The system is responsive to requests and satisfies the requests for changed core data and impacted derived data using data pre-cached in the edge cache. That is, the disclosed system can notify each service that has a copy of the data, of invalidation occurrences, so the service can replay the call they made to retrieve the affected data initially. By storing the context in cache for the call that was previously made, the service can retrieve an up-to-date projection, and then pass along the up-to-date projection.

Systems can run with or without edge servers, dependent in part on a system's need to handle dynamic data for geographically diverse users. Caches can be multi-tiered, such as a three tiered cache—with core caching responsive to all requests directed to clients near data services. Those skilled in the art will understand the potential for a fourth tier. In current implementations, most edge servers have access to the core data source. The technology disclosed is usable without edge servers and with edge servers when clients do not have their own separate caches.

Customization Environment

FIG. 1 illustrates one implementation of environment 100. FIG. 1 shows that environment 100 can include cache as a service 115, core tier 116, edge tier 128, message broker 138, data store 112 and user computing device 154.

Cache as a service 115 includes a distributed key store and can be implemented as Redis or memcached or another general-purpose distributed memory caching system that caches data and objects to reduce the number of times an external data source must be read.

Message broker 138 can be implemented as Kafka. In a particular implementation, Apache Kafka™ is used as the invalidation message broker 138. Kafka is a distributed messaging system with a publish-and-subscribe model. As a distributed system, Kafka runs in a cluster, and each node is called a broker, which stores events in a replicated commit log. In other implementations, different messaging and queuing systems can be used.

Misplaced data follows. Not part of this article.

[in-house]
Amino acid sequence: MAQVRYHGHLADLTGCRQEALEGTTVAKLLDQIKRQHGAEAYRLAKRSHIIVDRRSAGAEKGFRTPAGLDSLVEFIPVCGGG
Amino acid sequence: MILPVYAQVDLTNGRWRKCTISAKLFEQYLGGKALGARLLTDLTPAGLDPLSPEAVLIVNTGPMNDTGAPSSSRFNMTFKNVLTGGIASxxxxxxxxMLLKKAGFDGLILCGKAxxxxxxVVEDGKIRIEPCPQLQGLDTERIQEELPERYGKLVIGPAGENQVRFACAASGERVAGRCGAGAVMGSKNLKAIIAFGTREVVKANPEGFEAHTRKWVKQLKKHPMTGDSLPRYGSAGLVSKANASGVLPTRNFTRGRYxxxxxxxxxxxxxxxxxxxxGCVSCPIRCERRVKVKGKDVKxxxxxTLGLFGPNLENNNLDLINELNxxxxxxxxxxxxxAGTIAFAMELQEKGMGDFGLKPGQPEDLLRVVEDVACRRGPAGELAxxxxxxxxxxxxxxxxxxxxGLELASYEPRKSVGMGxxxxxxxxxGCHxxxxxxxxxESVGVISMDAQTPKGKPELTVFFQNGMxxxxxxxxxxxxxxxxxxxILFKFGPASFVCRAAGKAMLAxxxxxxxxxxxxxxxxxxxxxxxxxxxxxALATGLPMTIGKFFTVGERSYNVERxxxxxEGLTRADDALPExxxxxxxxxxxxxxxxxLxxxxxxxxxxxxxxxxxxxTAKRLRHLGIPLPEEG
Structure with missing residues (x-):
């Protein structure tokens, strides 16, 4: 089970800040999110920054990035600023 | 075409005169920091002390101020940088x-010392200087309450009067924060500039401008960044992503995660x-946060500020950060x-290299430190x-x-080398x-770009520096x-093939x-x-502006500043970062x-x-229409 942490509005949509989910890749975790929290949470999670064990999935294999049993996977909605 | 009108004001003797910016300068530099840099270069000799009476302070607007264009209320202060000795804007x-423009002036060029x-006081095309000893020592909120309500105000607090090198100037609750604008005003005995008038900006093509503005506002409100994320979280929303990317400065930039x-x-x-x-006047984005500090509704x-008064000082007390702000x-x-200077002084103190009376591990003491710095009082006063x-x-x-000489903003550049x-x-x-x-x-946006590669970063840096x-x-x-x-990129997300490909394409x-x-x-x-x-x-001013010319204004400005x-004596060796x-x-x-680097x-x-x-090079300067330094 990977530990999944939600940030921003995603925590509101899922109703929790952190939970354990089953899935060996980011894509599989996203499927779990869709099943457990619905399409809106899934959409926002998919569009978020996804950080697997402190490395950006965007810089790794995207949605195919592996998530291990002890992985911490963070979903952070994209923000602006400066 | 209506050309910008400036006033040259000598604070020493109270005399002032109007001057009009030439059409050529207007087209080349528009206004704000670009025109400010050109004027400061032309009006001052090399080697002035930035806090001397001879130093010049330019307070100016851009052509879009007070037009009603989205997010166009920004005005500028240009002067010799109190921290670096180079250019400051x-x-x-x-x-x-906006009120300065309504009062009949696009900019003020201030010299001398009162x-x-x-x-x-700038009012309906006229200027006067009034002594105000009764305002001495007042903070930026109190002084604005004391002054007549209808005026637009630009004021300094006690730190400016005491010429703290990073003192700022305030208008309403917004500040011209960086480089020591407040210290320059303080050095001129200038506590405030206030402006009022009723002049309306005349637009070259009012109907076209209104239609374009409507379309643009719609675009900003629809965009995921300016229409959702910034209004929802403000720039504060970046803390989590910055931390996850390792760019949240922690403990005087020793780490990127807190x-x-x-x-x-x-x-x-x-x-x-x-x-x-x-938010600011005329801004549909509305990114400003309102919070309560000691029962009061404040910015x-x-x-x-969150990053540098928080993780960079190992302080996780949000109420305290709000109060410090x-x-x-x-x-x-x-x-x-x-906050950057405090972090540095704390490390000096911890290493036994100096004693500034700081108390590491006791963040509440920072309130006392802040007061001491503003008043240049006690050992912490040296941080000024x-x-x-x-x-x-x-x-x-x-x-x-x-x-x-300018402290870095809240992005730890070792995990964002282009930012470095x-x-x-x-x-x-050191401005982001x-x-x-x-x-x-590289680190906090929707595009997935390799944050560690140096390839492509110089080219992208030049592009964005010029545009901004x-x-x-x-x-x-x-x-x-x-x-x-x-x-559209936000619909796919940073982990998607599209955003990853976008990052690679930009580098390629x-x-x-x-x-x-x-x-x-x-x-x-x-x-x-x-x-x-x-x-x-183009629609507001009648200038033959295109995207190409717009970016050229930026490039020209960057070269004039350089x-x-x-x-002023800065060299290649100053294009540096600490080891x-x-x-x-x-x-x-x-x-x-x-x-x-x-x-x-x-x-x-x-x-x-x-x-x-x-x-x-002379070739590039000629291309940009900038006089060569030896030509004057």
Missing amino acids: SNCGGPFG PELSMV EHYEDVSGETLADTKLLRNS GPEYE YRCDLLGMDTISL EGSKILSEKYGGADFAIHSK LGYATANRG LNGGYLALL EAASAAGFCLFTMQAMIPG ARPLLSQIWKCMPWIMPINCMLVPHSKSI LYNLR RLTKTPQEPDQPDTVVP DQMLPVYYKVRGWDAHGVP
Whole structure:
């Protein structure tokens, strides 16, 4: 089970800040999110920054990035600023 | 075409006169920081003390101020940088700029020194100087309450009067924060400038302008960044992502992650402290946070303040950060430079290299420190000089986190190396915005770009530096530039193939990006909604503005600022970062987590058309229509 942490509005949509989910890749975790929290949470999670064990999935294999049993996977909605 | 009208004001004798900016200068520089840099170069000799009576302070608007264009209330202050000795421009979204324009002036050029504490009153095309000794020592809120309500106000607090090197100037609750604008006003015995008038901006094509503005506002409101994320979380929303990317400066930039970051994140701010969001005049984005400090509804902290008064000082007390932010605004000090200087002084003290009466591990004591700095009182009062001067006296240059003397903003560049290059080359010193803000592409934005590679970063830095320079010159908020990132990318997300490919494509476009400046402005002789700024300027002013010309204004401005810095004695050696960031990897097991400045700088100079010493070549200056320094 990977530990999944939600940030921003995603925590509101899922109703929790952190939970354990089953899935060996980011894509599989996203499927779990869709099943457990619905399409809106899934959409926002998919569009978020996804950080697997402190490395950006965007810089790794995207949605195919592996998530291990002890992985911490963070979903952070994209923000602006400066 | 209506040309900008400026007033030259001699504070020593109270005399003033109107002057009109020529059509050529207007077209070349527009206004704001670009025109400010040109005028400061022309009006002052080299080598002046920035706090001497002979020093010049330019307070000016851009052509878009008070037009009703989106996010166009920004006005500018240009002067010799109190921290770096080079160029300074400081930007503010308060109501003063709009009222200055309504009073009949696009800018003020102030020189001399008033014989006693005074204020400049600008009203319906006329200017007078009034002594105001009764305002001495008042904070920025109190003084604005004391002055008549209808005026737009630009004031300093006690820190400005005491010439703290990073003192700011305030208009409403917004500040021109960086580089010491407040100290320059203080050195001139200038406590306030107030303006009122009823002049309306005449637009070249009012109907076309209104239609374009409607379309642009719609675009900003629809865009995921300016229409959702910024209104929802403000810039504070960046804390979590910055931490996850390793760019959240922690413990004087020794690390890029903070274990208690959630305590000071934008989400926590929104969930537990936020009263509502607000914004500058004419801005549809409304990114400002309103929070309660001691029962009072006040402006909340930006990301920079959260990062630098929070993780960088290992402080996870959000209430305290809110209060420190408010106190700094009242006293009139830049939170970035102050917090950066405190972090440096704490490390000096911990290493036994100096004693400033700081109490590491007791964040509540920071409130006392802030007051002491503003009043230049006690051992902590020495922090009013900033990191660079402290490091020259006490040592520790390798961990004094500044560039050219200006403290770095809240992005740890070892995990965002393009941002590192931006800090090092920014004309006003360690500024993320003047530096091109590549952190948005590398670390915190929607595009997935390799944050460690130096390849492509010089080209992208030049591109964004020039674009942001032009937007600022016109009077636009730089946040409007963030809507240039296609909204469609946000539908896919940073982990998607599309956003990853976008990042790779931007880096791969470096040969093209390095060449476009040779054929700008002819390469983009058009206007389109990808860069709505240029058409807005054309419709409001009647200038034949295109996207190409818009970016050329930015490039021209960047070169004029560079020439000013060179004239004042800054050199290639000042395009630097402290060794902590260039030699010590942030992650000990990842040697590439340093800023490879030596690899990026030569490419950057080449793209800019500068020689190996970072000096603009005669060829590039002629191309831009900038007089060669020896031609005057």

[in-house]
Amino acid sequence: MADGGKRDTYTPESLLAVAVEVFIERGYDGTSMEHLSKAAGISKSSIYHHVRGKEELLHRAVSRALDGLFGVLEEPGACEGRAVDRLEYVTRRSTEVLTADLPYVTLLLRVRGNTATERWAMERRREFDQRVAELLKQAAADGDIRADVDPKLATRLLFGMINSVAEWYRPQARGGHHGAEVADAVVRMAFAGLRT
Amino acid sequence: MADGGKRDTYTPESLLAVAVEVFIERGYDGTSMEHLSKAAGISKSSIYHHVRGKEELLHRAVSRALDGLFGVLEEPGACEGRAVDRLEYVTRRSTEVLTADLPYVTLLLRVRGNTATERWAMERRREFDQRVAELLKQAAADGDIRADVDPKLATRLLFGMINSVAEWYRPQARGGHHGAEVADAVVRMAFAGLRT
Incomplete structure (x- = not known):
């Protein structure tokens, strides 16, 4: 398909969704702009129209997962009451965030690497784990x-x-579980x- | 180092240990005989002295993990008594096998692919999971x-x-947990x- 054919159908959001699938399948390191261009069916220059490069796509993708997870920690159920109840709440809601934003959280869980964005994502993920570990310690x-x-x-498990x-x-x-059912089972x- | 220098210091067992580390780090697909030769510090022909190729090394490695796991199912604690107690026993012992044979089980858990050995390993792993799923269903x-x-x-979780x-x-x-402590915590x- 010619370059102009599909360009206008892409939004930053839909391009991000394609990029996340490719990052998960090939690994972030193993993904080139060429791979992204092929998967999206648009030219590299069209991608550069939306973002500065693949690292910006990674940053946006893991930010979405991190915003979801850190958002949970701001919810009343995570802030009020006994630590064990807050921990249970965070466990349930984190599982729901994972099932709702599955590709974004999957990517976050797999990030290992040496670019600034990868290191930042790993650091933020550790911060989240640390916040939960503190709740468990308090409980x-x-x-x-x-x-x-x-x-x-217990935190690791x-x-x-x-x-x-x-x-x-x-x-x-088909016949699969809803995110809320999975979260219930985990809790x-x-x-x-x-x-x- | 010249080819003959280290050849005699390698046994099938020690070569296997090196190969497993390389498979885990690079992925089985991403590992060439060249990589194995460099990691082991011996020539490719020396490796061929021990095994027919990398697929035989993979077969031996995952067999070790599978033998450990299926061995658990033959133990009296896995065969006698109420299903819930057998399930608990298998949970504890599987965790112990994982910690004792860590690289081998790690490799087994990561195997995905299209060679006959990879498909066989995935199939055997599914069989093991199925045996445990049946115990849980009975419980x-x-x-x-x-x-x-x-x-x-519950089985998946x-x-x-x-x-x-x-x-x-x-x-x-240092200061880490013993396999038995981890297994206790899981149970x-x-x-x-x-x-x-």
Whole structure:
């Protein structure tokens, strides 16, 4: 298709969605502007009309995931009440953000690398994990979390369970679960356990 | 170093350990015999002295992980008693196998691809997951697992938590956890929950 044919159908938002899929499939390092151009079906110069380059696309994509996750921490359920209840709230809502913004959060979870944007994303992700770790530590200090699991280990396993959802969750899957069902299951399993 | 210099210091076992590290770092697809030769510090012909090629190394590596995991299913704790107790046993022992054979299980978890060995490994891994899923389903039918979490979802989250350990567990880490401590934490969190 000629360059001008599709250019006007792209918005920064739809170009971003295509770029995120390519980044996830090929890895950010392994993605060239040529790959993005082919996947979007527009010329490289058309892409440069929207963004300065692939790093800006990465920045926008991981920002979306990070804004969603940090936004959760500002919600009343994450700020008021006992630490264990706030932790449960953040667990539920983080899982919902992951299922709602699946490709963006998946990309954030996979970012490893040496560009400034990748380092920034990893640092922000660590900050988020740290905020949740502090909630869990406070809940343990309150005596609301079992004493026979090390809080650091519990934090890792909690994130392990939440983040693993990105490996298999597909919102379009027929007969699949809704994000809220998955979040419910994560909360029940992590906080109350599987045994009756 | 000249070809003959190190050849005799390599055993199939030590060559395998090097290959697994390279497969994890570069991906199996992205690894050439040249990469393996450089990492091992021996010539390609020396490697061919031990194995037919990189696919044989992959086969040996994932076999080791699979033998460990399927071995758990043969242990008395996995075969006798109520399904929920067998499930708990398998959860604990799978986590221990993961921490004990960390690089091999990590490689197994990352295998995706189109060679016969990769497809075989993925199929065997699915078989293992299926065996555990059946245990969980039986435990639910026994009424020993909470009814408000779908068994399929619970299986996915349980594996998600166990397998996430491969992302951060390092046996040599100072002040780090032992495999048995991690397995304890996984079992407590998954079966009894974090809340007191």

In one implementation, core tier 116 can include an Amazon message queuing and notification service. In another implementation, core tier 116 can include a different enterprise content management system. Edge tier 128 is described in detail later, in the context of FIG. 2.

In other implementations, environment 100 may not have the same elements as those listed above and/or may have other/different elements instead of, or in addition to, those listed above. In some implementations, the modules of customization environment 100 can be of varying types including workstations, servers, computing clusters, blade servers, server farms, or any other data processing systems or computing devices. Modules can be communicably coupled to the data store via a different network connection. For example, cache as a service 115 can be coupled via the network 125 (e.g., the Internet) and core tier 116 can be coupled to a direct network link. In some implementations, an edge tier 128 may be connected via a WiFi hotspot.

In some implementations, network(s) 125 can be any one or any combination of Local Area Network (LAN), Wide Area Network (WAN), WiFi, WiMAX, telephone network, wireless network, point-to-point network, star network, token ring network, hub network, peer-to-peer connections like Bluetooth, Near Field Communication (NFC), Z-Wave, ZigBee, or other appropriate configuration of data networks, including the Internet.